When it comes to system design, you begin with the end in mind. For organizations, the end is not being a pool of circles. The end is being a shapeshifter that can change form at any time. The organizational transformation that companies need is not the change from a dictatorial pyramid into a hundred self-organized balls. The transformation that they need is one allowing the company to shift between organization and self-organization. Between management and self-management. Between pyramids and balls. Have the right form, in the right place, at the right time. Most often, they will end up with a hybrid structure of various forms, with some parts controlled and some parts self-organized. And they need to make those changes with fast system redesign.
Intuitively, everyone understands this.
We want the benefits from control and from self-organization.
That’s why all methods and frameworks fail.
Methods and Frameworks
Holacracy tells you to change into a self-organized structure of circles within circles, from top to bottom, and it is only controlled in areas that aren’t highly relevant for growth and survival, such as role names and meeting protocols. This is why no organization has ever achieved massive growth or market dominance by adopting Holacracy. You get the benefits from self-organization, but no benefits from control. Apple and Amazon would not have been possible with Holacracy. The idea of Steve Jobs, Jeff Bezos or Elon Musk as a Lead Link seeking consent in a governance circle is quite absurd.
The “Spotify model” suggests leaning toward self-organization without going all the way. But the model is unclear about how and when to maintain control. The combination of some control and lots of self-organization did allow Spotify to achieve massive growth and market dominance. Their products also offer many bugs and annoying GUIs. Do not follow their lead when you’re into banking, healthcare, or self-driving cars. The things you gain won’t outweigh the things you will lose. Spotify has a great form, for their business.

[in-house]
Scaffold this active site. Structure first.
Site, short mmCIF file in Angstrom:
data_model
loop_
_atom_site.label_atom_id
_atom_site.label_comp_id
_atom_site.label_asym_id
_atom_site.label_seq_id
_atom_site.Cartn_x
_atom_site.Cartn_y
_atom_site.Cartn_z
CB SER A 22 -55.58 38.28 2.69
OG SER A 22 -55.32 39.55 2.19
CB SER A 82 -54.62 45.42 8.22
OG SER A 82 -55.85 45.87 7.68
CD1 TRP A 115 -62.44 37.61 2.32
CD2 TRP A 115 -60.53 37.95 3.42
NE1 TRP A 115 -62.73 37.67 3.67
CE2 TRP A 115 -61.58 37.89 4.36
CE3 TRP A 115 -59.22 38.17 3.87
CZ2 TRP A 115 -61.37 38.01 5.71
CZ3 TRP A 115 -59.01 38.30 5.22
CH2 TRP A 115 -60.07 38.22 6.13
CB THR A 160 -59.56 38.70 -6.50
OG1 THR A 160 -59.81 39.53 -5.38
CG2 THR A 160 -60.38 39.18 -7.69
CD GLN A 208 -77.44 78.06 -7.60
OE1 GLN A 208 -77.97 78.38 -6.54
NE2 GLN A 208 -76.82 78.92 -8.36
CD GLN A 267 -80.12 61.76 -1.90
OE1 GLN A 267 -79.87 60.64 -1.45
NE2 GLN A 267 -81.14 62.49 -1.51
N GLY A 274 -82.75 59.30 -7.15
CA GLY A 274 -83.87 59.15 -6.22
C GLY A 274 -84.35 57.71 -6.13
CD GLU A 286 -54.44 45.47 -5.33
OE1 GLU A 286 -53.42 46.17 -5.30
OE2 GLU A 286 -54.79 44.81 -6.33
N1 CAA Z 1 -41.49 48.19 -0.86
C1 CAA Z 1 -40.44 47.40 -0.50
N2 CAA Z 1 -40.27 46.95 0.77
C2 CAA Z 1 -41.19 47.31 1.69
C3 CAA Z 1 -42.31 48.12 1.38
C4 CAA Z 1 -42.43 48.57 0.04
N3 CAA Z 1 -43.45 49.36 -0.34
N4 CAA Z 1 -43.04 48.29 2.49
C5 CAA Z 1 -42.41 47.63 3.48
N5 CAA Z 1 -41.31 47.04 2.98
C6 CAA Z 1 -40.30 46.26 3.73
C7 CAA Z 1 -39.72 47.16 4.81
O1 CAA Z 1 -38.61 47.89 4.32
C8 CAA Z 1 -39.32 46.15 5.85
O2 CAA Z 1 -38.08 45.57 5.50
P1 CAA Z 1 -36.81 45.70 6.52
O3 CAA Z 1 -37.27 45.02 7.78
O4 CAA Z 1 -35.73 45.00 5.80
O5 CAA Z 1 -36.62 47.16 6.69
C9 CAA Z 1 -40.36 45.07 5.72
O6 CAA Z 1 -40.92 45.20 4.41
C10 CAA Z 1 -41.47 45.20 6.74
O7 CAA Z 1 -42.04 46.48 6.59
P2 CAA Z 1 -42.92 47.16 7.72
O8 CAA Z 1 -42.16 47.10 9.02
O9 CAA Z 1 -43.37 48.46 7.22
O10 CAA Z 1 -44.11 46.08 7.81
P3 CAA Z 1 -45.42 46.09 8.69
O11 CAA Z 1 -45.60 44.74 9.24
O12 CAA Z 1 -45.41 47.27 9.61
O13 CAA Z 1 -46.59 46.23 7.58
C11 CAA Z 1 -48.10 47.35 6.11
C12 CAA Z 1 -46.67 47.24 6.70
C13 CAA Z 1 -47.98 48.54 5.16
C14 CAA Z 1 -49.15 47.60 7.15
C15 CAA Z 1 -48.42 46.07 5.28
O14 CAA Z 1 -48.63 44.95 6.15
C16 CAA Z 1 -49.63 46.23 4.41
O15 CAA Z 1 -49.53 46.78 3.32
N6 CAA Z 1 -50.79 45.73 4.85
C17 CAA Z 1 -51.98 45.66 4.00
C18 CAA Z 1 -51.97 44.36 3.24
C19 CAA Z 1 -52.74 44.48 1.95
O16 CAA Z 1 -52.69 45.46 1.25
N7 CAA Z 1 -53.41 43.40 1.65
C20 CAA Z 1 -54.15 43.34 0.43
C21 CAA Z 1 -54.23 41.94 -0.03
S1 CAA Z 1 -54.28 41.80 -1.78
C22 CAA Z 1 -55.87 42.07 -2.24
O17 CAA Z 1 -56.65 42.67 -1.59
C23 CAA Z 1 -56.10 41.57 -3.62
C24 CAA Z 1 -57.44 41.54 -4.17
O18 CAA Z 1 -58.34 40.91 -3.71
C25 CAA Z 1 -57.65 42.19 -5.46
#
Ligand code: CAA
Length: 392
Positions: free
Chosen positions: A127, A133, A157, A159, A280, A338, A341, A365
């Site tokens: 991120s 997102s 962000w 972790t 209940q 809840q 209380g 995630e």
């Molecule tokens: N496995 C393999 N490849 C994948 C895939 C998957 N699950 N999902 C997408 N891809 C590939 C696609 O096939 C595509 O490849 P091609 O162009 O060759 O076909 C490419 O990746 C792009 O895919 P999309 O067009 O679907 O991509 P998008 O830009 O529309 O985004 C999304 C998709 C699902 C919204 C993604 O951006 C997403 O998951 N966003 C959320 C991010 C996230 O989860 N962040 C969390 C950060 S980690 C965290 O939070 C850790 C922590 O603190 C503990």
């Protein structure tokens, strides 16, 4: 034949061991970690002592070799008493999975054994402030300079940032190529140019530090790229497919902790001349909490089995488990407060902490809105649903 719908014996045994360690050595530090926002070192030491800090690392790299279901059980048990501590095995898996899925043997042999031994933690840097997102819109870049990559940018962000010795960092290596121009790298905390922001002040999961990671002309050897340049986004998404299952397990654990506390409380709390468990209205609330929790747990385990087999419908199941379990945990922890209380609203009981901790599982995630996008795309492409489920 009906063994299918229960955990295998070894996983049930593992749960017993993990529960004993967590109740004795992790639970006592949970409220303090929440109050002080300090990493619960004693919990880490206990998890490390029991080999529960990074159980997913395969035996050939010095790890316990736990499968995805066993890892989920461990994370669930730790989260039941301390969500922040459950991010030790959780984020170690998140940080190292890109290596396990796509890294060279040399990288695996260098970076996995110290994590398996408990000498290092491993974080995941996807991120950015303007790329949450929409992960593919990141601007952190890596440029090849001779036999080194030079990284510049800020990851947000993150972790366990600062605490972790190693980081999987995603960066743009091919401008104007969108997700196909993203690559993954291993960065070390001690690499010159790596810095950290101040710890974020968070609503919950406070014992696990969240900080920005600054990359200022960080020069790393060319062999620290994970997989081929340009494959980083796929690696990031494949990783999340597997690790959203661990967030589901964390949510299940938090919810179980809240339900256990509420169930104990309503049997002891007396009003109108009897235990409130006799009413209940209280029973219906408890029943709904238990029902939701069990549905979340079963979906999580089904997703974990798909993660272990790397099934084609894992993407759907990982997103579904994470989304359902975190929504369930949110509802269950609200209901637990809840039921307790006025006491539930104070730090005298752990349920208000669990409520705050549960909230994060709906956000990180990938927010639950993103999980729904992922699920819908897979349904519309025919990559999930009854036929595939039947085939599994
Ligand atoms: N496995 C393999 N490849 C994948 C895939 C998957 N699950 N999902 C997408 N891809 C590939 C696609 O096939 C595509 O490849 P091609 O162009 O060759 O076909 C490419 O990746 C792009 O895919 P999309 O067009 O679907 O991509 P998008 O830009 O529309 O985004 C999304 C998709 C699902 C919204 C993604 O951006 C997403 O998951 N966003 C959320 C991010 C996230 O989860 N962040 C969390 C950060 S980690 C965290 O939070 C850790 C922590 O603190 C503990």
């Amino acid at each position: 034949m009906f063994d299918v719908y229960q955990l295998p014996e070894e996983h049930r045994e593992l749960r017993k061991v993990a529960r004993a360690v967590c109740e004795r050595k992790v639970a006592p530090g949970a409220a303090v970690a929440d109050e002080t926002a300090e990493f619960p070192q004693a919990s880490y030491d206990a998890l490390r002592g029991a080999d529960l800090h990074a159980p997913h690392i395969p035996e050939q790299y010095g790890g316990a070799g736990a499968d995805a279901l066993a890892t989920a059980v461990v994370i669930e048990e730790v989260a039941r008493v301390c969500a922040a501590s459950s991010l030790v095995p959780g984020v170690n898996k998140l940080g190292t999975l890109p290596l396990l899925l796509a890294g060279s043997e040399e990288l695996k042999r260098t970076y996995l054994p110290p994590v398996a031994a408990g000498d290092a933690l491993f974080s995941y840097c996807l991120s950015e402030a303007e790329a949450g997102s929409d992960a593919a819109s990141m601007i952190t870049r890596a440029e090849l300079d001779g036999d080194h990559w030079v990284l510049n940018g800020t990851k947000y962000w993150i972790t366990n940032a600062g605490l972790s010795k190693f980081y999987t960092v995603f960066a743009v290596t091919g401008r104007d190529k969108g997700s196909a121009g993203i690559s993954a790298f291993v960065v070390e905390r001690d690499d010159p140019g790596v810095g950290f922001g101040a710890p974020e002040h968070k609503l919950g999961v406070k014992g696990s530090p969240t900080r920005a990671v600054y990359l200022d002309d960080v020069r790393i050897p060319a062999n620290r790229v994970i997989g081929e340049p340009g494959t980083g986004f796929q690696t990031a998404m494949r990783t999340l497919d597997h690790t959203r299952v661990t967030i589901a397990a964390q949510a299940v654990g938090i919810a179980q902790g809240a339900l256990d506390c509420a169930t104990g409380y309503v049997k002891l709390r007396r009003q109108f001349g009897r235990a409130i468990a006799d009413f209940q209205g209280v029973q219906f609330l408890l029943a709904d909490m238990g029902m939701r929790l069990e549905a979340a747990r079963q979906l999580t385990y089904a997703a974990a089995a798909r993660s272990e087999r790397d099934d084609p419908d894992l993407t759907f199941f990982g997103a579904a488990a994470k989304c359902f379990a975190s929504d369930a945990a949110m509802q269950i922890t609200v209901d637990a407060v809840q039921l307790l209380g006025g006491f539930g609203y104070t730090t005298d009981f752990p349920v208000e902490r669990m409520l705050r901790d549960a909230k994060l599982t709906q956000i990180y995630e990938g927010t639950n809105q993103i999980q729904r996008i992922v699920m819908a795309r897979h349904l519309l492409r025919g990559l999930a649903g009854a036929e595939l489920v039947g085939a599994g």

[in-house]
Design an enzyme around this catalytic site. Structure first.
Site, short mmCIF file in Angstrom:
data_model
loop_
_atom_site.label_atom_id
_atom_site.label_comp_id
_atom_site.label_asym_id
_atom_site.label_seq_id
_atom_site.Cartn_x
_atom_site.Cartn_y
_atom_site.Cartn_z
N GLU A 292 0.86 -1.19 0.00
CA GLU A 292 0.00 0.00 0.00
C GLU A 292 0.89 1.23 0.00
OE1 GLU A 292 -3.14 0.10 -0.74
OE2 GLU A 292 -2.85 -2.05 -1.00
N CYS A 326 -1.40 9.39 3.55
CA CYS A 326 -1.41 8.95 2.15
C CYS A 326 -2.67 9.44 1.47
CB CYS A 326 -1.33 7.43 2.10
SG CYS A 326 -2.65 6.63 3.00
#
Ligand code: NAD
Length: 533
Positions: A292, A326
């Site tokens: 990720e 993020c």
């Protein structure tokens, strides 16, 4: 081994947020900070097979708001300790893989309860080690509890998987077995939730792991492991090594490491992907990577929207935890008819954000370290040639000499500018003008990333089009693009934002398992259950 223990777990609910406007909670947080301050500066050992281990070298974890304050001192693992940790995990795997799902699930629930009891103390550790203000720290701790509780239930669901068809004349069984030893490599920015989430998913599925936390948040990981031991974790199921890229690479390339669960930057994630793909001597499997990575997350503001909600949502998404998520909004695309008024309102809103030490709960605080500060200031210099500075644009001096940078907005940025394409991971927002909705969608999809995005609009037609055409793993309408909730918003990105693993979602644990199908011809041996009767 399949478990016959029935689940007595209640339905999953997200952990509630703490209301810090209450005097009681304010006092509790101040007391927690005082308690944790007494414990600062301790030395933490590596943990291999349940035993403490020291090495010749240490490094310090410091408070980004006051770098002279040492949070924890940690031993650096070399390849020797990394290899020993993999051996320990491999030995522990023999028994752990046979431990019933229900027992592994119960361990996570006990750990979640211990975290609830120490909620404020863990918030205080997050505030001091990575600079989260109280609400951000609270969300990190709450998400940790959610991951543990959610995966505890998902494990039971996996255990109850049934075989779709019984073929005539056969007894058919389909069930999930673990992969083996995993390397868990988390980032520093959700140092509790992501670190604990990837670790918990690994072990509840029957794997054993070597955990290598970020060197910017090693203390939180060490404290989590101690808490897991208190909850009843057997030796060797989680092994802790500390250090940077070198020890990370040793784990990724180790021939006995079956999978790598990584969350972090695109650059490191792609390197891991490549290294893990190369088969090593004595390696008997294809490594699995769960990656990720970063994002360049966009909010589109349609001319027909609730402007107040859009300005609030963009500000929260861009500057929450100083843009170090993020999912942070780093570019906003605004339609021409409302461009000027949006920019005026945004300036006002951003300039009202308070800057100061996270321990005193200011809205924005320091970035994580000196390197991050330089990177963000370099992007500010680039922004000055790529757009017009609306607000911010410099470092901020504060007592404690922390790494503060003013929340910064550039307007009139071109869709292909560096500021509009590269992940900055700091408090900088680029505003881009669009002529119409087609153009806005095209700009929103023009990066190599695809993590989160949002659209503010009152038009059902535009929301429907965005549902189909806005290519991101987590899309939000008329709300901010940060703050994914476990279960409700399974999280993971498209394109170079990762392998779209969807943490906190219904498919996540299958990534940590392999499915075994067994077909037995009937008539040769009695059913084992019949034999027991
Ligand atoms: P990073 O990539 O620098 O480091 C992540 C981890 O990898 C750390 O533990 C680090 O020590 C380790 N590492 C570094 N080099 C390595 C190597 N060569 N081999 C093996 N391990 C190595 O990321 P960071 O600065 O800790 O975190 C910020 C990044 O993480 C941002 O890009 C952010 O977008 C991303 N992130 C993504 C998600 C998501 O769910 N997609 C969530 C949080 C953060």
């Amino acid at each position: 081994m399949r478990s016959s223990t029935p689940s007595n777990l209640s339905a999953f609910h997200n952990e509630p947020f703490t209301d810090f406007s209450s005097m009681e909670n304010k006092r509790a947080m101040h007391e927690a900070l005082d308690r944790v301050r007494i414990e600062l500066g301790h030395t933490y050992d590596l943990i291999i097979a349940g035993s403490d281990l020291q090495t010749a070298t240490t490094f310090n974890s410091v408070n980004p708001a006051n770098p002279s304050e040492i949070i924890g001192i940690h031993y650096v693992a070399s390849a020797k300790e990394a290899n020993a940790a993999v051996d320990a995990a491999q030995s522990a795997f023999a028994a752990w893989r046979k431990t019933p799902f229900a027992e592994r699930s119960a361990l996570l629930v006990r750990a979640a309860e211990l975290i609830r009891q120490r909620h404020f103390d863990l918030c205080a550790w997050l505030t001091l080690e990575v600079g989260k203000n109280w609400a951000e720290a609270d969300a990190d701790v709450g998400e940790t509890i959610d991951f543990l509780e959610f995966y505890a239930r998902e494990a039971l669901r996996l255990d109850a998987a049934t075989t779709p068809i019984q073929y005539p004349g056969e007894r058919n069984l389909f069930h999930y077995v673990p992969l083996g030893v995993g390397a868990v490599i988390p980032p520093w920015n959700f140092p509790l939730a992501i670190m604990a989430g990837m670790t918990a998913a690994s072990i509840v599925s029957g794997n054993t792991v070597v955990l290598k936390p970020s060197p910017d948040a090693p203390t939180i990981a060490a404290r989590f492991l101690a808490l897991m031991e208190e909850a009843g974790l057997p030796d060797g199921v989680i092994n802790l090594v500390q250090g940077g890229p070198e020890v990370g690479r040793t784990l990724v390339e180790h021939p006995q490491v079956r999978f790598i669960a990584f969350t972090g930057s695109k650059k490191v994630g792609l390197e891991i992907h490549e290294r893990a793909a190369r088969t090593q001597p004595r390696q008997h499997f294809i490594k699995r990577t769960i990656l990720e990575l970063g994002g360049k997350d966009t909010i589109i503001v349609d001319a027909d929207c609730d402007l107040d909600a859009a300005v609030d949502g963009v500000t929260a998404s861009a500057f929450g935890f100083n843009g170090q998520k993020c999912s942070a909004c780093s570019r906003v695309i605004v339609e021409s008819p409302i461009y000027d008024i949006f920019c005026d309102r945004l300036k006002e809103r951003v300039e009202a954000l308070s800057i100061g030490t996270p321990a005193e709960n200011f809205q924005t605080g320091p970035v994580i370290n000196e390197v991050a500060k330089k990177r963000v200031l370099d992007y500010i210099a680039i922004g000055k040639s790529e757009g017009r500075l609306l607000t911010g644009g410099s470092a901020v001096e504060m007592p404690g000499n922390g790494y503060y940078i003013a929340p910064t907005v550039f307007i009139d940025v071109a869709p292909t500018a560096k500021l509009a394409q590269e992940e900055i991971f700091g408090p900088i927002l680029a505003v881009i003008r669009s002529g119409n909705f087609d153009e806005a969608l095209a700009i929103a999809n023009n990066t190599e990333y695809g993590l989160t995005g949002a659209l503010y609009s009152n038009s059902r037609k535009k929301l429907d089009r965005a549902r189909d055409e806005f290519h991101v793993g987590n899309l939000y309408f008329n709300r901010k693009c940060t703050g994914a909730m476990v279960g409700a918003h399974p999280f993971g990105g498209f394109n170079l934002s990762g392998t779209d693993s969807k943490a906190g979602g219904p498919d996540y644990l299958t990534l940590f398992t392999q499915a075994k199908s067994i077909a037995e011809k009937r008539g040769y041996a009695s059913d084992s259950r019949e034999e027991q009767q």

The Scaled Agile Framework is smart. It acknowledges that there are benefits to both control and self-organization. It offers detailed pictures showing you good practices for both. But SAFe is like a movie still that shows Odo midway a transformation from a wooden stick to a living dog. The result is a static form that is half a stick and half a dog. This offers you no benefits at all. Unless a barking stick that can fetch itself is exactly what you were looking for.
And then there are some more nuanced models, such as Teal and Management 3.0. The Teal concept shows us that there are organizations with a great form that is a perfect fit in their context with empowered people who were able to create it. But each case study is different, and good luck finding your own form. Management 3.0 offers a collection of concrete practices that may be useful for shapeshifters, but it has always courageously refused to bind them together as one framework, for precisely the reasons mentioned above.
That’s why you should halt your “agile” transformation.
You’re probably not becoming a shapeshifter. You don’t want to lose the benefits of control while achieving the benefits of self-organization. And you definitely don’t want to end up with somebody else’s idea of a compromise in the middle, where you probably end up with the benefits of neither.
Barbapapa did not learn shapeshifting by just looking at a drawing. He could learn about a specific form by looking at a drawing. But his shapeshifting talent was not in the drawing. Likewise, Odo didn’t roll out a change program for each of his transformations. And the T1000 didn’t consult experts. He killed them.
You want to be a shapeshifter.
But static frameworks won’t help you.
You need something dynamic that keeps teasing, nudging, and pulling on your structure.
I have an idea how to teach organizations the talent of shapeshifting. It involves games; it involves habits; it involves nudges. And it involves micro-scaling hundreds of topics and thousands of practices.
My still half-baked idea does not invalidate frameworks, and it does not compete with agile coaches. On the contrary, the idea values frameworks for what they are: inspiring pictures of possible forms for those with shapeshifting abilities. And coaches and consultants are needed to help organizations learn the art of continuous shapeshifting rather than assisting them with each change from one form to another.
Interested? SIGN UP up for the Agility Scales project.
Let’s go beyond circles, squads, and agile trains. Don’t try to be just “agile” with a bunch of self-organizing teams. You would be doing only half of what’s necessary. You only achieve true agility at scale by becoming a shapeshifter.